Pearson’s attack deeply wounded Dodd. He had spent the better part of four years seeking to fulfill Roosevelt’s mandate to serve as a model of American values and believed he had done as well as any man could have been expected to do, given the strange, irrational, and brutal nature of Hitler’s government. He feared that if he resigned now, under such a black cloud, he would leave the impression that he had been forced to do so. “My position is difficult, but under such criticism I cannot resign, as I planned, next spring,” he wrote in his diary. “To give up my work here under these circumstances would put me in a defensive and positively false position at home.” His resignation, he acknowledged, “would at once be recognized as a confession of failure.”

He decided to postpone his departure, even though he knew that the time had come to step down. In the meantime he requested another leave in America, to get some rest on his farm and meet with Roosevelt. On July 24, 1937, Dodd and his wife made the long drive to Hamburg, where Dodd boarded the City of Baltimore and at 7:00 p.m. began the slow sail down the Elbe to the sea.

LEAVING DODD ABOARD SHIP broke his wife’s heart. The next evening, Sunday, she wrote him a letter so that he would receive it upon his arrival. “I thought of you, my dear, all the way back to Berlin and felt very sad and lonely, especially to see you go away feeling so bad and so miserable.”

She urged him to relax and try to quell the persistent “nervous headaches” that had plagued him for the last couple of months. “Please, please, for our sakes, if not your own, take better care of yourself and live less strenuously and exacting.” If he kept well, she told him, he would still have time to achieve the things he wanted to achieve—and presumably here she meant the completion of his Old South.

She worried that all this sorrow and stress, these four years in Berlin, had been partly her fault. “Perhaps I have been too ambitious for you, but it does not mean that I love you any the less,” she wrote. “I can’t help it—my ambitions for you. It is innate.”

But all that was done with, she told him now. “Decide what is best and what you want most, and I shall be content.”

Her letter turned grim. She described the drive back to Berlin that night. “We made good time although we passed and met many army trucks—those awful instruments of death and destruction within. I still feel a shudder run through me when I see them and the many other signs of coming catastrophe. Is there no possible way to stop men and nations from destroying each other? Horrible!”

This was four and a half years before America’s entry into the Second World War.

DODD NEEDED THE RESPITE. His health had indeed begun to trouble him. Ever since arriving in Berlin he had experienced stomach troubles and headaches, but lately these had grown more intense. His headaches sometimes persisted for weeks on end. The pain, he wrote, “spread over the nerve connections between the stomach, shoulders and brain until sleep is almost impossible.” His symptoms had worsened to the point where on one of his previous leaves he had consulted a specialist, Dr. Thomas R. Brown, chief of the Division of Digestive Diseases at Johns Hopkins Hospital in Baltimore (who, at a 1934 gastroenterological symposium, noted with dead sobriety that “we must not forget it is essential to study the stool from every angle”). Upon learning that Dodd was at work on an epic history of the South and that completing it was the great goal of his life, Dr. Brown gently recommended that he quit his post in Berlin. He told Dodd, “At sixty-five one must take stock and decide what are the essentials, and lay one’s plans to complete the major work, if possible.”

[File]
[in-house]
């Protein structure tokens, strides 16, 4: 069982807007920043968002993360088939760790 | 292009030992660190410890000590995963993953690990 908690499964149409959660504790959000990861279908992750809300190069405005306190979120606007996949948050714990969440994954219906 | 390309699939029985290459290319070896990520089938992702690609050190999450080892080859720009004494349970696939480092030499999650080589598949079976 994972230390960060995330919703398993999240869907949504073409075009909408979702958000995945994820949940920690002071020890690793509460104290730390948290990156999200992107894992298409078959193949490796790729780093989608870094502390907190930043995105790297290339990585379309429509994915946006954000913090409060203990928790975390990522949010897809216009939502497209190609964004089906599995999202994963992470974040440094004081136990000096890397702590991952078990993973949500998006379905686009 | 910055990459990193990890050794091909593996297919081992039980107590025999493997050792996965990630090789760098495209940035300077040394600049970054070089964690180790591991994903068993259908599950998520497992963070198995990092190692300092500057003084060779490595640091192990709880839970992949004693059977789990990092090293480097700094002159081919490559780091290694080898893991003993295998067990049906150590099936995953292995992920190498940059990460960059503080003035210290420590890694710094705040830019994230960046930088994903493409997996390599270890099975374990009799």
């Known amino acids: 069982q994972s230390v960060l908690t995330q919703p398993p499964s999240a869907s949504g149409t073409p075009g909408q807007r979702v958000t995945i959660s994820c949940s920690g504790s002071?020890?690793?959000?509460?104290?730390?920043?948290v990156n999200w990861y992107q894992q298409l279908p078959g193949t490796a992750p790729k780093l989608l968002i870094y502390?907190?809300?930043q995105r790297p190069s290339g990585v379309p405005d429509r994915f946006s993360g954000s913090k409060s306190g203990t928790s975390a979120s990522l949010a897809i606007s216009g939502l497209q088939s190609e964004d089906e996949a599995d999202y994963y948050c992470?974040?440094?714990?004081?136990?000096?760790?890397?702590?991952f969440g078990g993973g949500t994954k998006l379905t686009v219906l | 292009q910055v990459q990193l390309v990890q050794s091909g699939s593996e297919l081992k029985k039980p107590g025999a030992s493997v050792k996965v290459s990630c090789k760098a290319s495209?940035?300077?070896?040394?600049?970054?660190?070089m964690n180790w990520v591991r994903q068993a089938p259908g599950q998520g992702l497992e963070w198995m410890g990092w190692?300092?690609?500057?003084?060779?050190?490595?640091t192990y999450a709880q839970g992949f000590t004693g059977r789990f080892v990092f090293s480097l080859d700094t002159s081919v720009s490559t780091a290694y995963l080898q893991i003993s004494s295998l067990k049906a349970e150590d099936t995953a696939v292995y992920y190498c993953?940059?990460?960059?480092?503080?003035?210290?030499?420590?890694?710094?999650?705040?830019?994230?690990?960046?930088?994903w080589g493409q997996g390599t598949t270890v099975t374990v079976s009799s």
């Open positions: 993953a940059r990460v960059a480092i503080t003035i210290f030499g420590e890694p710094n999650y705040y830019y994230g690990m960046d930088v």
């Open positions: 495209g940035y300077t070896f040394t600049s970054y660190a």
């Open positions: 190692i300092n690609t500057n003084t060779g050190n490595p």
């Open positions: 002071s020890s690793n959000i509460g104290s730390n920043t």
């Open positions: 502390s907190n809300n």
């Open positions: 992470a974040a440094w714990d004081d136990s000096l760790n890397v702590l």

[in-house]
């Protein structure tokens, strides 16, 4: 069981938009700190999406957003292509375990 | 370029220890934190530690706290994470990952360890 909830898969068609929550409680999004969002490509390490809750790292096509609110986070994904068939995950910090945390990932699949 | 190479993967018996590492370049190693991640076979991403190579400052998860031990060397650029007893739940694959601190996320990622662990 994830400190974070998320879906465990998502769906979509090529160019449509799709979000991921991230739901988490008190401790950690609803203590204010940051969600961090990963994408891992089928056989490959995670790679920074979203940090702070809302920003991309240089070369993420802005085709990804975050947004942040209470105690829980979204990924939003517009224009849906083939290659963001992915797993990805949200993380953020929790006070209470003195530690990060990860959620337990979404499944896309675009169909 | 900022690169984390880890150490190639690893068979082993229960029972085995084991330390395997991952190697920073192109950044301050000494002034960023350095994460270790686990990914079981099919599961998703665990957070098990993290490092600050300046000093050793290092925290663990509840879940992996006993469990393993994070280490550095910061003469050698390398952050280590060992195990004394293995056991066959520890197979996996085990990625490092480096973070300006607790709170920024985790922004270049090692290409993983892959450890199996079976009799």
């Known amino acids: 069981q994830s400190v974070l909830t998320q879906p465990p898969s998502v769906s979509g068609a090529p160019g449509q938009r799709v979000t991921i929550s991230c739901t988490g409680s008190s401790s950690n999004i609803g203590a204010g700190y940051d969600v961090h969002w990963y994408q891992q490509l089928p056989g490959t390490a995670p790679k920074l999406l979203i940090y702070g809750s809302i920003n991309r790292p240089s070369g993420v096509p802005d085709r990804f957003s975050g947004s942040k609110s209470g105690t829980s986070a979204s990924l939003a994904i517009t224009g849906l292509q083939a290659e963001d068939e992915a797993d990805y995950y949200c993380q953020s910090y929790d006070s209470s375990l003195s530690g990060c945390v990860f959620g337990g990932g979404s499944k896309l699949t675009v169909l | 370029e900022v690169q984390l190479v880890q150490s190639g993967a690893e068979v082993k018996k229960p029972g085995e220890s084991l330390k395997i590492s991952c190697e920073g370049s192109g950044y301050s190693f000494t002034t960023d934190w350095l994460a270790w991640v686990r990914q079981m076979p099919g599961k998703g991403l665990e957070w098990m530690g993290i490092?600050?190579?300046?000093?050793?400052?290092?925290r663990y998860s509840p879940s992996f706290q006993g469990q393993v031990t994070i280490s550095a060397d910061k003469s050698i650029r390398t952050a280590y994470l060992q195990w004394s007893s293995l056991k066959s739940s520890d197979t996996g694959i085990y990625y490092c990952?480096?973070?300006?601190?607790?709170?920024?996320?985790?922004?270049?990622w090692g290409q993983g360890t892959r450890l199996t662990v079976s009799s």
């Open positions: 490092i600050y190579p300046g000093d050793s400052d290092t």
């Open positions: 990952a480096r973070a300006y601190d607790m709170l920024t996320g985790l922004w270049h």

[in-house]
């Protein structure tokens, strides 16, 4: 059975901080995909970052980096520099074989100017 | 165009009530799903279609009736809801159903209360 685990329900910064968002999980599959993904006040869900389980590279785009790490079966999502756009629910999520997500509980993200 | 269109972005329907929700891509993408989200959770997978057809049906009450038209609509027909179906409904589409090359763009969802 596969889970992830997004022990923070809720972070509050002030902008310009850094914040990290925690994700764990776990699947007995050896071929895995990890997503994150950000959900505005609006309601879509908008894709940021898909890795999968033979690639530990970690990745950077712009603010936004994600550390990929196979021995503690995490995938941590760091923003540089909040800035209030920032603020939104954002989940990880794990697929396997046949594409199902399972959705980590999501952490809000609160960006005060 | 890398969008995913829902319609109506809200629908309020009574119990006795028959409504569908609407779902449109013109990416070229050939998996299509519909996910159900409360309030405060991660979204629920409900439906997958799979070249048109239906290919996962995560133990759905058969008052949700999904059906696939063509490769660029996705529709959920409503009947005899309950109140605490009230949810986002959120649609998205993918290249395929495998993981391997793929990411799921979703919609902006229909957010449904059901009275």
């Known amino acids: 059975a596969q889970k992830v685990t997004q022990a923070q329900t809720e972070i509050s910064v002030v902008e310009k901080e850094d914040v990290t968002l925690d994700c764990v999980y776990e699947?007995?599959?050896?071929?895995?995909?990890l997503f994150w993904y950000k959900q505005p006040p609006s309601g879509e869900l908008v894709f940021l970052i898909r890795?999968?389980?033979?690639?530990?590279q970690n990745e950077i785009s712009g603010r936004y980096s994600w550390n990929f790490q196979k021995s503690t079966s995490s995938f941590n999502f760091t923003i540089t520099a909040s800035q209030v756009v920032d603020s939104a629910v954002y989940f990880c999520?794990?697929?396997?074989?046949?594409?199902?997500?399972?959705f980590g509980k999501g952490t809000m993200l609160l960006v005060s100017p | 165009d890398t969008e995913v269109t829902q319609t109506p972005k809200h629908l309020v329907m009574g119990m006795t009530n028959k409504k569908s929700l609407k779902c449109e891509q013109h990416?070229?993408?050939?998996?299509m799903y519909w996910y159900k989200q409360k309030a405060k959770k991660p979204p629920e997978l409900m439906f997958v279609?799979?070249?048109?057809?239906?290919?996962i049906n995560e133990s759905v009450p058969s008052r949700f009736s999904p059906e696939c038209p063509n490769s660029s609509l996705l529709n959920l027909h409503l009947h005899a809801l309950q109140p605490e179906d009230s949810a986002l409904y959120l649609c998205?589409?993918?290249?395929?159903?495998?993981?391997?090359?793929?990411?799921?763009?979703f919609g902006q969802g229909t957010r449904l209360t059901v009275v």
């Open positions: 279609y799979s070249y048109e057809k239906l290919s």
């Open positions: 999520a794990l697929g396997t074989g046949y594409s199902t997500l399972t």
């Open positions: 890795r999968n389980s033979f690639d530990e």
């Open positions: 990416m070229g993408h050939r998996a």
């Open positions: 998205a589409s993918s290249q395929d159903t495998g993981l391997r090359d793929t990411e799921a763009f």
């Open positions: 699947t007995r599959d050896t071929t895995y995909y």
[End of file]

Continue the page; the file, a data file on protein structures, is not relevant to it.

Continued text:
By the summer of 1937, Dodd was reporting near continuous headaches and bouts of digestive trouble that in one case caused him to go without food for thirty hours.

Something more serious than the stress of work may have lain at the root of his health troubles, though certainly stress was a contributing factor. George Messersmith, who eventually moved from Vienna to Washington to become an assistant secretary of state, wrote in an unpublished memoir that he believed Dodd had undergone an organic intellectual decline. Dodd’s letters rambled and his handwriting degraded to the point where others in the department passed them to Messersmith for “deciphering.” Dodd’s use of longhand increased as his distrust of his stenographers grew. “It was quite obvious that something had happened to Dodd,” Messersmith wrote. “He was suffering from some form of mental deterioration.”

The cause of all this, Messersmith believed, was Dodd’s inability to adjust to the behavior of Hitler’s regime. The violence, the obsessive march toward war, the ruthless treatment of Jews—all of it had made Dodd “tremendously depressed,” Messersmith wrote. Dodd could not grasp how these things could be occurring in the Germany he had known and loved as a young scholar in Leipzig.

Messersmith wrote: “I think he was so thoroughly appalled by everything that was happening in Germany and the dangers which it had for the world that he was no longer capable of reasoned thought and judgment.”

AFTER A WEEK on his farm, Dodd felt much better. He went to Washington and on Wednesday, August 11, met with Roosevelt. During their hourlong conversation, Roosevelt said he’d like him to stay in Berlin a few months longer. He urged Dodd to do as many lectures as he could while in America and “speak the truth about things,” a command that affirmed for Dodd that he still had the president’s confidence.

But while Dodd was in America the Pretty Good Club engineered a singular affront. One of the embassy’s newest men, Prentiss Gilbert, standing in as acting ambassador—the chargé d’affaires—was advised by the State Department to attend the upcoming Nazi Party rally in Nuremberg. Gilbert did so. He rode in a special train for diplomats whose arrival in Nuremberg was greeted by seventeen military aircraft flying in swastika formation.